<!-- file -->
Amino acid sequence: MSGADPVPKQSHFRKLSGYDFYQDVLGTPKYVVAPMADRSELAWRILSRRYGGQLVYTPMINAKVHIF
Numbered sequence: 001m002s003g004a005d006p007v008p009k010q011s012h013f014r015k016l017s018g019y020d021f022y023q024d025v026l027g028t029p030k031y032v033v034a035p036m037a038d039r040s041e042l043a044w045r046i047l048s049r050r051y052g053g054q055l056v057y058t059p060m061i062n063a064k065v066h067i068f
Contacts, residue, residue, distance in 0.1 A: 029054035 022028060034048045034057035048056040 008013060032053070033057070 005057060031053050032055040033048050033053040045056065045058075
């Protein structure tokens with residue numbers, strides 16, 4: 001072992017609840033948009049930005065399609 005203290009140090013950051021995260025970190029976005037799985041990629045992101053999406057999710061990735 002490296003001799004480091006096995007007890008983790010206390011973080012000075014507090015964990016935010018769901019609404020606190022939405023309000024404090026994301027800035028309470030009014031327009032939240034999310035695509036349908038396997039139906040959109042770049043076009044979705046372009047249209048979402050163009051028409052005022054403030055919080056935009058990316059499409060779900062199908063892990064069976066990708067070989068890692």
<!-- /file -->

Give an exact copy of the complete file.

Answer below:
Amino acid sequence: MSGADPVPKQSHFRKLSGYDFYQDVLGTPKYVVAPMADRSELAWRILSRRYGGQLVYTPMINAKVHIF
Numbered sequence: 001m002s003g004a005d006p007v008p009k010q011s012h013f014r015k016l017s018g019y020d021f022y023q024d025v026l027g028t029p030k031y032v033v034a035p036m037a038d039r040s041e042l043a044w045r046i047l048s049r050r051y052g053g054q055l056v057y058t059p060m061i062n063a064k065v066h067i068f
Contacts, residue, residue, distance in 0.1 A: 029054035 022028060034048045034057035048056040 008013060032053070033057070 005057060031053050032055040033048050033053040045056065045058075
């Protein structure tokens with residue numbers, strides 16, 4: 001072992017609840033948009049930005065399609 005203290009140090013950051021995260025970190029976005037799985041990629045992101053999406057999710061990735 002490296003001799004480091006096995007007890008983790010206390011973080012000075014507090015964990016935010018769901019609404020606190022939405023309000024404090026994301027800035028309470030009014031327009032939240034999310035695509036349908038396997039139906040959109042770049043076009044979705046372009047249209048979402050163009051028409052005022054403030055919080056935009058990316059499409060779900062199908063892990064069976066990708067070989068890692």